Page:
CIA Declassifies WWI Secrets

The CIA has declassified the last six documents from the World War One era.

Wikileaks now has a prequel: Half a dozen documents laying out the most secret secrets of a century ago have been laid bare.

AP (“CIA Declassifies WWI-era Secret Documents“):

The CIA lifted the lid on one corner of the cloak and dagger world of World War I, declassifying six of the oldest secret documents in the U.S. government archives, the agency announced Tuesday.

The documents show top techniques used by spies, generals and diplomats to send secret messages in a diplomatic war that raged long after the guns stopped. The records reveal how invisible ink was used to send word between allies, and spies learned to open letters to read each other’s secrets without leaving a trace.

One document suggests this method for passing secret messages: soaking a handkerchief or collar in a mixture of nitrate, soda and starch, then drying the fabric. The chemicals come out when the cloth is placed in water. The liquid becomes invisible ink, that can be loaded into a pen and used to write a message. The recipient develops the writing by applying a second chemical, iodate of potassium.

There’s even a document written in French of the German’s secret ink formula, showing the French had cracked the enemy’s code.

Former intel guy Russ Emerson calls this a “dangerously willy-nilly declassification policy” but once “Veronica Mars” catches on, it’s probably time to let it go.

The CIA explains:

“These documents remained classified for nearly a century until recent advancements in technology made it possible to release them,” CIA Director Leon E. Panetta said in a statement Tuesday. Recent advances in the chemistry of secret ink, and the lighting methods used to detect it have made the secrets revealed Tuesday obsolete, explained CIA spokesperson Marie E. Harf.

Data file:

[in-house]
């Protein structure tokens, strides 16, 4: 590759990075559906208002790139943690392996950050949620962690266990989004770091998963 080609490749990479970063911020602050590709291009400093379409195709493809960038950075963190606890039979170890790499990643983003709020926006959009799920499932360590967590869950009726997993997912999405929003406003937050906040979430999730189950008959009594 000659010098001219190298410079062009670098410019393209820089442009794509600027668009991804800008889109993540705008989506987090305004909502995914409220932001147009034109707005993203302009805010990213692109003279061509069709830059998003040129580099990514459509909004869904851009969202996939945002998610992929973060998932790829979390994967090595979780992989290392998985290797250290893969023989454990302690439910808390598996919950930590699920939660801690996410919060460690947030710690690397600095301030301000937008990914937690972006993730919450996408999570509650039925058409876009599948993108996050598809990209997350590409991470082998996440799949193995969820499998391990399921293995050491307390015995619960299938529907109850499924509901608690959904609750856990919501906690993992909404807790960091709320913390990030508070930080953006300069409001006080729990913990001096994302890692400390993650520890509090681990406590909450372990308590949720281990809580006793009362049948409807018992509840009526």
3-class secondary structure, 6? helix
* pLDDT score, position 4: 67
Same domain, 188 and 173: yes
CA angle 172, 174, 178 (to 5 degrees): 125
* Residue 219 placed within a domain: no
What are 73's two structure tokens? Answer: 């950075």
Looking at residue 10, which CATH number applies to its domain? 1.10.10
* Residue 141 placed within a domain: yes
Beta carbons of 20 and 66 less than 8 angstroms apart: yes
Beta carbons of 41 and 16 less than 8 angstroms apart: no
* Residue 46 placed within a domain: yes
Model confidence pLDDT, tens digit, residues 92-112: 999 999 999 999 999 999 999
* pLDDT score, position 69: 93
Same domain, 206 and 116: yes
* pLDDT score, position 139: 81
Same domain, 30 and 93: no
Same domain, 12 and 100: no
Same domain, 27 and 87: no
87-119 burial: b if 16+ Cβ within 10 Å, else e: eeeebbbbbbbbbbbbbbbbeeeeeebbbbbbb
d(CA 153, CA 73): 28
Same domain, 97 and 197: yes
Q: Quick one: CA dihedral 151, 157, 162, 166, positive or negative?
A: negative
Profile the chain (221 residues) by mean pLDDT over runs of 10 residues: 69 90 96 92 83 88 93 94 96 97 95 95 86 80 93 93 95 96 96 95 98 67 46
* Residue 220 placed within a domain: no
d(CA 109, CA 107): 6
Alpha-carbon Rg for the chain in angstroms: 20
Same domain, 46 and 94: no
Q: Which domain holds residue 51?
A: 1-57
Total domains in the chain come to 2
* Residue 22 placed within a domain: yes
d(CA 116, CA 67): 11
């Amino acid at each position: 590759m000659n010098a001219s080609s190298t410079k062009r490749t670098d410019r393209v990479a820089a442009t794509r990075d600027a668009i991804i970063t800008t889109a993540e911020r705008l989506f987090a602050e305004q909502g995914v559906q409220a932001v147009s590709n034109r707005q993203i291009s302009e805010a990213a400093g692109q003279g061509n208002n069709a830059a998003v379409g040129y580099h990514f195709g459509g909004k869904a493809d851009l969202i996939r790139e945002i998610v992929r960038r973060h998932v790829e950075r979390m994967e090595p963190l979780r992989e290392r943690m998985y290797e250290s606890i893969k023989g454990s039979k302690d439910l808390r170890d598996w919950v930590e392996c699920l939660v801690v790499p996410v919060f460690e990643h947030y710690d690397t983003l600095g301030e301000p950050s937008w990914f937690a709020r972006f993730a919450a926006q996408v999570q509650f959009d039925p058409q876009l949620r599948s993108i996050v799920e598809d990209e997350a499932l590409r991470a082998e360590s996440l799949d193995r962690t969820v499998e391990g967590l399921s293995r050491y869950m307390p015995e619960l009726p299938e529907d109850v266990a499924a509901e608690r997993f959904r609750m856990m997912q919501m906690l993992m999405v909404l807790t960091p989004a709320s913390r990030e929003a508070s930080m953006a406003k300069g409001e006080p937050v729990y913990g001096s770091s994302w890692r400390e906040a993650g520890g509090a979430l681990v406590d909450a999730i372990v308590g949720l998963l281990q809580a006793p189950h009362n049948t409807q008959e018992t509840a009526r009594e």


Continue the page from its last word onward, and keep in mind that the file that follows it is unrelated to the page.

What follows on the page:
Not so recent, actually.

But the CIA was not always so eager to share these particular secrets, according to Steve Aftergood, of the Federation for American Scientists. He says the CIA resisted a Freedom of Information Act request in 2002 to release the records. Nor was he impressed at Panetta’s statement that the documents could be released now because of new technological advances. “Invisible ink was rendered obsolete by digital encryption long ago, not in the last few years,” Aftergood said. “Director Panetta is attempting to rationalize the CIA’s irrational information policies, but there is no known basis for his claim.”

The problem with waiting over a hundred years to declassify information is that you have to pretend that there was a good reason to keep it secret up until now. Otherwise, people will start to think our system of keeping things secret is arbitrary. And we can’t have that.

via Tammy Bruce

FILED UNDER: Intelligence, Quick Takes
James Joyner
About James Joyner
James Joyner is Professor and Department Head of Security Studies at Marine Corps University's Command and Staff College and a nonresident senior fellow at the Scowcroft Center for Strategy and Security at the Atlantic Council. He's a former Army officer and Desert Storm vet. Views expressed here are his own. Follow James on Twitter @DrJJoyner.

Comments

  1. Southern Hoosier says:

    Now if only we can get rid of the Federal telephone excise tax that is left over from some war or another.
    http://en.wikipedia.org/wiki/Federal_telephone_excise_tax

  2. Southern Hoosier says:

    Everything I ever wanted to know about invisible ink, I learned from Mr. Wizard back in the 50’s. I wonder if he ever got investigated for devolving classified material.

  3. Covert Alert says:

    Herbert Yardley revealed all these methods in 1931 in his book The Black Chamber. The book was in response to Henry Stimson shutting down America’s covert signal intelligence gathering capability. Interestingly enough, there wasn’t a CIA when any of this was printed his book or these documents were produced.